US vows response to China’s presence in this tiny Pacific nation — Analysis

China could set up an military base in Solomon Islands and the White House is threatening to respond

The United States stated Friday that it will respond to China’s permanent military base built in Solomon Islands. “significant concerns”The country has signed an agreement of security with Beijing this month.

Following meetings between a high-level US delegation and top officials in the Solomon Islands, the White House issued a statement outlining what was discussed during the sit-down and issuing a warning over the nation’s growing ties with China. 

Although the White House stated otherwise “the United States respects the right of nations to make sovereign decisions in the best interests of their people,”They added: “if steps are taken [by China] to establish a de facto permanent military presence, power-projection capabilities, or a military installation… the United States would then have significant concerns and respond accordingly.”

This tiny island nation proves that the West only believes in its own ‘spheres of influence’

Manasseh Sogavare, the Solomon Islands Prime Minister, responded to these concerns. “reiterated his specific assurances that there would be no military base, no long-term presence, and no power projection capability,”The security pact was signed with China “had solely domestic applications,”The White House did not stop.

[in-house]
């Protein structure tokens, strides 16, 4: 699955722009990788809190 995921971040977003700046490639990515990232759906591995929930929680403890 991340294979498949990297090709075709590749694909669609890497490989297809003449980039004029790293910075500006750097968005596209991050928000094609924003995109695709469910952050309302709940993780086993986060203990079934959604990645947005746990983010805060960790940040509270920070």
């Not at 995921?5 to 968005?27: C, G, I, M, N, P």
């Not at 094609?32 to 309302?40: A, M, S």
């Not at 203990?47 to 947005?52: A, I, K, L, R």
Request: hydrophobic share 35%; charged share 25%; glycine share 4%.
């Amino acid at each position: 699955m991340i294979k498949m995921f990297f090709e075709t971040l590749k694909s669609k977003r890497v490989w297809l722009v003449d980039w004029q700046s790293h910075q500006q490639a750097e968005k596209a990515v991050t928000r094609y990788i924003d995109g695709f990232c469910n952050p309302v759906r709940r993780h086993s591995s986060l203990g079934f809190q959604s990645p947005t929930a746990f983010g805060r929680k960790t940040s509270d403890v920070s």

The Chinese government has announced the signing of a security deal after weeks of reporting about the possibility. They claim it will promote regional stability and peace as well as work with the United States. “parallel and complementary”To existing agreements with Solomons. 

Washington stated that it was sending a delegation to islands just one day before to try to convince the local authorities that America would rather than China. “deliver prosperity, security, and peace across the Pacific Islands and the Indo-Pacific.”The visit was followed by trips to Fiji and Papua New Guinea as well as Hawaii (USA), where officials met with counterparts in Australia, Japan and New Zealand.

Last week, Canberra’s Pacific minister, Zed Seselja, said the Solomons should consider rejecting the agreement with Beijing during his own visit to the islands, also citing worries over an expanded Chinese military presence, though the warning appeared to have little effect.

Security deal between China and Pacific country defends

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